JOHN A. LOGAN COLLEGE R. Yates –
3 cr. (3-0)
Adolescent Psychology examines interrelated biological, cognitive, social, and emotional aspects of development
during adolescence based on a life-span perspective. Major areas emphasized include: family relationships, the influence of
peers, youth subcultures, the school experience, culture, career and work choice, the college experience, identity formation,
adjustment, moral development, and the development of intimacy and sexuality. The course concludes with a focus on adolescent
problems. Course content is based on theory, empirical research, and key adolescent societal issues.
PREREQUISITES: PSY 132
Critically analyze theory and research in adolescent psychology.
Describe adolescent development including biological, cognitive, social, emotional,
and moral aspects based on a life-span approach.
Characterize how gender and ethnicity can influence
identity development in adolescents
Articulate dilemmas associated with adolescent sexuality, particularly as
they relate to developing emotional and relationship dimensions
Characterize the nature and functions of peer relations,
dating relations, and family processes
Describe the adolescent school and college experience.
Discuss career choice and the school-to-work experience.
Demonstrate an appreciation of individual differences
in adolescent development
Examine various issues of adolescents at-risk such as: dropping out of school,
teen pregnancy, substance abuse, teen violence, depression, suicide and eating disorders.
II. THE SCIENCE OF ADOLSECENT DEVELOPMENT
III. PUBERTY, HEATLH, AND BIOLOGICAL FOUNDATIONS
IV. COGNITIVE DEVELOPMENT
IX. THE SELF AND IDENTITY
XII. MORAL DEVELOPMENT, VALUES, AND RELIGION
XIII. ACHIEVEMENT, CAREERS, AND WORK
XIV. ADOLESCENT PROBLEMS
XV. ADOLESCENTS: THE FUTURE OF SOCIETY
PAPER AND DISCUSSION
There will be three (3) exams each worth 100 points. Exams will be from objectives
covered in the text, lectures, and class discussions. Tests will vary in format with multiple-choice questions, true/false
questions and/or short answer essay questions.
homework assignments will be given, one within each of the exam sections of material. Each assignment is worth 15 points.
A total of 45 points may be earned by successfully completing all 3 homework assignments.
will be required to write a thought paper on a topic relative to Adolescence and approved by the instructor. More details
regarding this paper will be discussed in class.
John A. Logan College has an official attendance policy. Please consult your student handbook to familiarize yourself with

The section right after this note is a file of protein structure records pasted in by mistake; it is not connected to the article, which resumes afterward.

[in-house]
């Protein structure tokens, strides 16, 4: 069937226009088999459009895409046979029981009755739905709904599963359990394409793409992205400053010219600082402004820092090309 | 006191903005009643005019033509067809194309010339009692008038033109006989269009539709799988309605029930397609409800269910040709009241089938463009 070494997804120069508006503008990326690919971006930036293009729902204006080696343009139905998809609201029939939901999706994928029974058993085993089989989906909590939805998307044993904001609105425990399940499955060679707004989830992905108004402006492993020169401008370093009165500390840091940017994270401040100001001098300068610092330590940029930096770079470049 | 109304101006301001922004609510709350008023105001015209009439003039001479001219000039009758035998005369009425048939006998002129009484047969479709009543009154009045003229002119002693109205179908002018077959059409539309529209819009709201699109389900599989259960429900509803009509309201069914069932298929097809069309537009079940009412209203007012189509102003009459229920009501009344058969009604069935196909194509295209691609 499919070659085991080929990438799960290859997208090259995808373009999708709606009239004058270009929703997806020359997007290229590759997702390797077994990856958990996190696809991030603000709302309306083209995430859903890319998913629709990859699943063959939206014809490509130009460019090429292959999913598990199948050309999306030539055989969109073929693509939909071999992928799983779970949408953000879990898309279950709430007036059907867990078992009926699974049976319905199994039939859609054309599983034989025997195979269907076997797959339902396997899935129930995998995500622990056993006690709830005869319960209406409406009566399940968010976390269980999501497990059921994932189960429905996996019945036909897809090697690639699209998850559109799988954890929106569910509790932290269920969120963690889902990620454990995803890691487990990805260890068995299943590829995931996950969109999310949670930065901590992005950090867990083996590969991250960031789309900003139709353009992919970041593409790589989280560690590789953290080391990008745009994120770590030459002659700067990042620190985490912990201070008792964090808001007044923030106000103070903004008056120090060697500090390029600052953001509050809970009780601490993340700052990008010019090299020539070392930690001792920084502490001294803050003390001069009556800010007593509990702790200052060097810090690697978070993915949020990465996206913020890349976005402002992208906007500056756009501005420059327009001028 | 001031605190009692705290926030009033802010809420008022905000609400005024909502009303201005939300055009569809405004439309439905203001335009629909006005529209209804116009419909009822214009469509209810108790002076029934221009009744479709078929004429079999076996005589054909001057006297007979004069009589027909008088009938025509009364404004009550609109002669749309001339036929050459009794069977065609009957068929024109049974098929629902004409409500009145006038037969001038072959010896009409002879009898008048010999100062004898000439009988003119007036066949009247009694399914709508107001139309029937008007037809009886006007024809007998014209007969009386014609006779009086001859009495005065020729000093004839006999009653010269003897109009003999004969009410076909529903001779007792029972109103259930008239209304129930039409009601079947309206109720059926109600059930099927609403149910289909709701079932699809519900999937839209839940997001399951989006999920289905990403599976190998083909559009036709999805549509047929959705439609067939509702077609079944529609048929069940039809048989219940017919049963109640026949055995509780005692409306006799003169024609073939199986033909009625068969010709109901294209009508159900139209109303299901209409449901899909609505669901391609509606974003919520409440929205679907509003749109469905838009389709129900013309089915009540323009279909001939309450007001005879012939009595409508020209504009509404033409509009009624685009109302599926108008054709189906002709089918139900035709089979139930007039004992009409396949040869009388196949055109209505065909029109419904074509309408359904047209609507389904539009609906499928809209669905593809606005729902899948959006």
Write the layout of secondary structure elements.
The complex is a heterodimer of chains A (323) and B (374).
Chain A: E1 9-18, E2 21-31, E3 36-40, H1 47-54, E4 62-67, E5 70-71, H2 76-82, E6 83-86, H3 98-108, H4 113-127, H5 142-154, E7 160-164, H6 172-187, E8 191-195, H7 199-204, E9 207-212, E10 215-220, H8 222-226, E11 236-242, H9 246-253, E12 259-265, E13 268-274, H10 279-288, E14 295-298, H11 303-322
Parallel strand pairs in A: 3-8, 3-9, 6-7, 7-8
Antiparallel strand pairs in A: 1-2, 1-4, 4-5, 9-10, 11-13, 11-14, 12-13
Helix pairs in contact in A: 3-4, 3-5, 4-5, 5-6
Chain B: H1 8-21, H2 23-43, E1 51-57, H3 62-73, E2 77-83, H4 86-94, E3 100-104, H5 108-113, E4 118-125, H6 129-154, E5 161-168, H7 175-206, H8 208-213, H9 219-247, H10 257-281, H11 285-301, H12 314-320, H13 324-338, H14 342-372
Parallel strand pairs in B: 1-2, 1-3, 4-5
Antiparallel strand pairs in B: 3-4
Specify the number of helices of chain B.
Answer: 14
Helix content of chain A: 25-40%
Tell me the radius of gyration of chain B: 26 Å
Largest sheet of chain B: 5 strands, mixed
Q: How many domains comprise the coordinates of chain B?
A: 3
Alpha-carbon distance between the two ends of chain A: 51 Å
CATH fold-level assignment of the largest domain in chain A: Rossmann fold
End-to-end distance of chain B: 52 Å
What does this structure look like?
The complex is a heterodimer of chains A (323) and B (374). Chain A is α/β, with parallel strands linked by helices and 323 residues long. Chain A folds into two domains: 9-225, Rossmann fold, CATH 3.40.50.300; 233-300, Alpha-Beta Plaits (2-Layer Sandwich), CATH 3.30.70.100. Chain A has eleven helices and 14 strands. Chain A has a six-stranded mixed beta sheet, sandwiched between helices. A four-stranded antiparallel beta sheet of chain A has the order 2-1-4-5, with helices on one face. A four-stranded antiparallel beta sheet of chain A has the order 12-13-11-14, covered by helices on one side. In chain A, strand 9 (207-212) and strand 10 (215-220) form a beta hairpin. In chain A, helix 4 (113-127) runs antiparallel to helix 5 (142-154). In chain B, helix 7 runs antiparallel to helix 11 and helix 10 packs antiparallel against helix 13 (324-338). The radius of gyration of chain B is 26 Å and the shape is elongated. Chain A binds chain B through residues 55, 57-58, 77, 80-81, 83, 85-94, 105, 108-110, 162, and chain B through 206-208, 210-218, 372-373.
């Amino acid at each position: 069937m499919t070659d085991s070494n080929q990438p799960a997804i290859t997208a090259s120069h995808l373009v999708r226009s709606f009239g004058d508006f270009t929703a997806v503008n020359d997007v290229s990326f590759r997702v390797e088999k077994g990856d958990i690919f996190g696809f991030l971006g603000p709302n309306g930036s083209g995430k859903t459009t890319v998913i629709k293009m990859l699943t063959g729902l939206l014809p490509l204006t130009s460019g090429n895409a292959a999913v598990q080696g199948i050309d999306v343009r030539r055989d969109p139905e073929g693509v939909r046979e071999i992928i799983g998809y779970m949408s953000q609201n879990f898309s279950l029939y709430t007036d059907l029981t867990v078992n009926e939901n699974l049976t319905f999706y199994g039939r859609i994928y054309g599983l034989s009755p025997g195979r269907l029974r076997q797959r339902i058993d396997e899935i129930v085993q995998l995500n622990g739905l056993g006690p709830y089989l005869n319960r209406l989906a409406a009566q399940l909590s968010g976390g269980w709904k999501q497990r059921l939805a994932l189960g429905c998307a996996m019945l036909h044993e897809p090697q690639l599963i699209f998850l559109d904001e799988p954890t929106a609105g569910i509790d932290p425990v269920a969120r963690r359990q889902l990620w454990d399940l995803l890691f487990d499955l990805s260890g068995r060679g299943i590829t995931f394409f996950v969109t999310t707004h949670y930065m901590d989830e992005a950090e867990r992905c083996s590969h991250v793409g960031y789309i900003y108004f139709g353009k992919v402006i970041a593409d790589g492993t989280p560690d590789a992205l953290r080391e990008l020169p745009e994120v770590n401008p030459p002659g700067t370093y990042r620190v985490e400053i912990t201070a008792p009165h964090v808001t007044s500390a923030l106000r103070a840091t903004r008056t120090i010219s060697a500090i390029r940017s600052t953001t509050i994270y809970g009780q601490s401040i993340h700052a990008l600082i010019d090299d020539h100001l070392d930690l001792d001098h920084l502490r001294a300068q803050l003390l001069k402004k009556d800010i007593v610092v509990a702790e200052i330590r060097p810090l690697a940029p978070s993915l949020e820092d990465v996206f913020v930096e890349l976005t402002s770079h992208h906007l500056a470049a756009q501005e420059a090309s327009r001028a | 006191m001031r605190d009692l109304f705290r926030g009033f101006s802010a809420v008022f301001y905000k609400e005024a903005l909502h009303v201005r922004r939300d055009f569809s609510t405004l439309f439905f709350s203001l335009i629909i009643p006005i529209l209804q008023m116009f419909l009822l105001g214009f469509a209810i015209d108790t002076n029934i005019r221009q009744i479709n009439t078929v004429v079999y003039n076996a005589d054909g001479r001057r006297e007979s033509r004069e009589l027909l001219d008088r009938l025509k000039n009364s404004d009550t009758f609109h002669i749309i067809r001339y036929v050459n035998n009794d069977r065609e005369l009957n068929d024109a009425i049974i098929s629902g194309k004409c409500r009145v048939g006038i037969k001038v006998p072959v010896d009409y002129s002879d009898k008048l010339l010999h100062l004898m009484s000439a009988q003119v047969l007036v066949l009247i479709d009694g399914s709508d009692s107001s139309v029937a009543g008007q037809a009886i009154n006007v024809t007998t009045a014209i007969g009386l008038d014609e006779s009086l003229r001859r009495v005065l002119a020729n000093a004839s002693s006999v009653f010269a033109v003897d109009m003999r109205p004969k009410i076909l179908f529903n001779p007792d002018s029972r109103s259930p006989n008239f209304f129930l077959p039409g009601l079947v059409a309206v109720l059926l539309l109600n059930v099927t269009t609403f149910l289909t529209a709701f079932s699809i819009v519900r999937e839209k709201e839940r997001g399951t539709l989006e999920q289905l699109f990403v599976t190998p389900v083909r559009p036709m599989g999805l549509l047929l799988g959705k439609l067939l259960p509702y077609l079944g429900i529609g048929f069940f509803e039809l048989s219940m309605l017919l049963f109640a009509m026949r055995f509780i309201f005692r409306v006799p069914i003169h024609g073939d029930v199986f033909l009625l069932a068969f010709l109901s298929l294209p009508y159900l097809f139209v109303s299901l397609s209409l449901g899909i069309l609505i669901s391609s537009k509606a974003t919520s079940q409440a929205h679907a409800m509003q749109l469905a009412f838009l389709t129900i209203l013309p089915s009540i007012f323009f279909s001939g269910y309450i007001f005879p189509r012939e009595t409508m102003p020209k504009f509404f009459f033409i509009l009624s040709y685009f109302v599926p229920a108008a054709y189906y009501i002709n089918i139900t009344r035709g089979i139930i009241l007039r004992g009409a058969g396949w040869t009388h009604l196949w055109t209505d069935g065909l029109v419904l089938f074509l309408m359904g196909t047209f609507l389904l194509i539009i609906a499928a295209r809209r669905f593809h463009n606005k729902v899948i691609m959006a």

this policy. An instructor has the prerogative to drop a student who does not comply with this policy. Attendance is monitored
on a regular basis.
for any reason, you have to miss an exam, you must call in advance. The instructor may change the format for any make-up exams.
make-up hourly exam may be given in the opinion of the instructor an adequate explanation is given prior to
the exam. All allowable make-up work must be completed before a deadline designated by the instructor. If, for any reason,
you cannot take a test, call the colleges at 985-3741 or 549-7335, Extension _8770__ and leave a message. It is the
responsibility of the student to contact the instructor concerning any allowable make-up work.
incomplete grade will be considered by the instructor only if ¾ of the course has been completed and evaluated with at least
a grade of C or better. An incomplete grade must be discussed with the instructor, and is given only at the discretion of
Student Success Center. Tutors may be obtained
through the Student Success Center. Contact the staff in C219 if this service is desired, John A. Logan College will make
reasonable accommodations for students with documented disabilities under Section 504 of the Rehabilitation Act of 1973, and
the Americans with Disabilities Act of 1990. Any student with a disability that may have some impact on work in this class,
who feels she/he needs an accommodation, should make an appointment with the Coordinator of Services for Students with Disabilities
on campus, Christy McBride, Room C219B, Ext. 8516. Before services can be provided, this advisor must determine eligibility
and arrange appropriate academic adjustments. It is the student’s responsibility to register in advance of a school
term with this office and turn in a schedule each term to ensure that there is every opportunity for success in this class.
Financial Aid. Students who receive financial
assistance and completely withdraw from classes prior to 60% of the semester being completed (approximately 2-3 weeks after
midterm) could be responsible to return a portion of their Federal Pell Grant award. Prior to withdrawing from courses, students
should contact the Financial Aid Office.
METHOD OF EVALUATION:
Homework (3 worth 15 points each)
Scale to Determine Grades
= 396 – 440
= 352 - 395
= 308 - 351
= 264 - 307
= Below 264
METHOD OF PRESENTATION:
1. The use of lecture
time and class participation will vary depending on the mastery of course objectives. Lectures may be used for clarifying
textbook material; presenting material beyond the textbook; teaching learning strategies; and for discussing special topics.
2. Handouts may be distributed
throughout the semester.
Adolescence, (9th edition) by
John Santrock, McGraw-Hill, 2003.
INSTRUCTOR: Renea Yates, MA, Term Faculty
Before and After class, also by appointment
549-7335 or 985-3741 ext 8770